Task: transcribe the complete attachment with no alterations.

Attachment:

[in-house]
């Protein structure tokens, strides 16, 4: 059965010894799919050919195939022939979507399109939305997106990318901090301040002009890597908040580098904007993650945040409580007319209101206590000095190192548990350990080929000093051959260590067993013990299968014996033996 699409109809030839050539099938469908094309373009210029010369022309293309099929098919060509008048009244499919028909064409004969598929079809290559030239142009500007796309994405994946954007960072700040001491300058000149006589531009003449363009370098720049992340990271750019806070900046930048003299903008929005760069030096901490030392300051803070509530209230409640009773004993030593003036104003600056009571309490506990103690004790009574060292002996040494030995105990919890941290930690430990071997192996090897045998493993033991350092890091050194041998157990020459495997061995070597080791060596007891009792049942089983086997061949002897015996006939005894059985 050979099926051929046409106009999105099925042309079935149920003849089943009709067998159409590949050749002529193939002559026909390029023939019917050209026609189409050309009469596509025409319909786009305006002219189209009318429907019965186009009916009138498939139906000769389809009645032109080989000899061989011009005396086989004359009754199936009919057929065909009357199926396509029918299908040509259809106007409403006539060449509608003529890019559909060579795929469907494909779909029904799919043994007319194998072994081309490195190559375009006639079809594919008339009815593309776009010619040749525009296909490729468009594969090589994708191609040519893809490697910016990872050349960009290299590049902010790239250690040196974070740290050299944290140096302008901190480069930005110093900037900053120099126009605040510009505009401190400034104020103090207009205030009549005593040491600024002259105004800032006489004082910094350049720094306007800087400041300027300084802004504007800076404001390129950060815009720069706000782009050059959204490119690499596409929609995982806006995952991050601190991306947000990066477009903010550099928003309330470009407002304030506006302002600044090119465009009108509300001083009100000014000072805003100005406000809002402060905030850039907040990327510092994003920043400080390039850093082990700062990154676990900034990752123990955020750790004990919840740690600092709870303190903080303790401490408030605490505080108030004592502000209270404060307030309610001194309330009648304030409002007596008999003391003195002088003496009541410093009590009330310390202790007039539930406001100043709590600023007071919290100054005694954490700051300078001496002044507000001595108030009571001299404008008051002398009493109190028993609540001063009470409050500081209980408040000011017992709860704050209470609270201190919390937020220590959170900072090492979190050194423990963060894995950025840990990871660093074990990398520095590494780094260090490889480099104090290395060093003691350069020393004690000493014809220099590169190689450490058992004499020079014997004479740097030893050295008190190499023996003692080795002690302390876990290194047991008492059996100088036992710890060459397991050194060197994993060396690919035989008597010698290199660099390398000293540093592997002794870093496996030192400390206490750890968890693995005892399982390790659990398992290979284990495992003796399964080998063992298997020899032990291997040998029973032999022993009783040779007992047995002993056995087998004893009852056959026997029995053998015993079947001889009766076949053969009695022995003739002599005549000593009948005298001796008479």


[in-house]
């Protein structure tokens, strides 16, 4: 059965010894799919050919195939022939979507399109939305997106990318901090301040002009890597908040580098904007993650945040409580007319209101206590000095190192548990350990080929000093051959260590067993013990299968014996033996 699409109809030839050539099938469908094309373009210029010369022309293309099929098919060509008048009244499919028909064409004969598929079809290559030239142009500007796309994405994946954007960072700040001491300058000149006589531009003449363009370098720049992340990271750019806070900046930048003299903008929005760069030096901490030392300051803070509530209230409640009773004993030593003036104003600056009571309490506990103690004790009574060292002996040494030995105990919890941290930690430990071997192996090897045998493993033991350092890091050194041998157990020459495997061995070597080791060596007891009792049942089983086997061949002897015996006939005894059985 050979099926051929046409106009999105099925042309079935149920003849089943009709067998159409590949050749002529193939002559026909390029023939019917050209026609189409050309009469596509025409319909786009305006002219189209009318429907019965186009009916009138498939139906000769389809009645032109080989000899061989011009005396086989004359009754199936009919057929065909009357199926396509029918299908040509259809106007409403006539060449509608003529890019559909060579795929469907494909779909029904799919043994007319194998072994081309490195190559375009006639079809594919008339009815593309776009010619040749525009296909490729468009594969090589994708191609040519893809490697910016990872050349960009290299590049902010790239250690040196974070740290050299944290140096302008901190480069930005110093900037900053120099126009605040510009505009401190400034104020103090207009205030009549005593040491600024002259105004800032006489004082910094350049720094306007800087400041300027300084802004504007800076404001390129950060815009720069706000782009050059959204490119690499596409929609995982806006995952991050601190991306947000990066477009903010550099928003309330470009407002304030506006302002600044090119465009009108509300001083009100000014000072805003100005406000809002402060905030850039907040990327510092994003920043400080390039850093082990700062990154676990900034990752123990955020750790004990919840740690600092709870303190903080303790401490408030605490505080108030004592502000209270404060307030309610001194309330009648304030409002007596008999003391003195002088003496009541410093009590009330310390202790007039539930406001100043709590600023007071919290100054005694954490700051300078001496002044507000001595108030009571001299404008008051002398009493109190028993609540001063009470409050500081209980408040000011017992709860704050209470609270201190919390937020220590959170900072090492979190050194423990963060894995950025840990990871660093074990990398520095590494780094260090490889480099104090290395060093003691350069020393004690000493014809220099590169190689450490058992004499020079014997004479740097030893050295008190190499023996003692080795002690302390876990290194047991008492059996100088036992710890060459397991050194060197994993060396690919035989008597010698290199660099390398000293540093592997002794870093496996030192400390206490750890968890693995005892399982390790659990398992290979284990495992003796399964080998063992298997020899032990291997040998029973032999022993009783040779007992047995002993056995087998004893009852056959026997029995053998015993079947001889009766076949053969009695022995003739002599005549000593009948005298001796008479």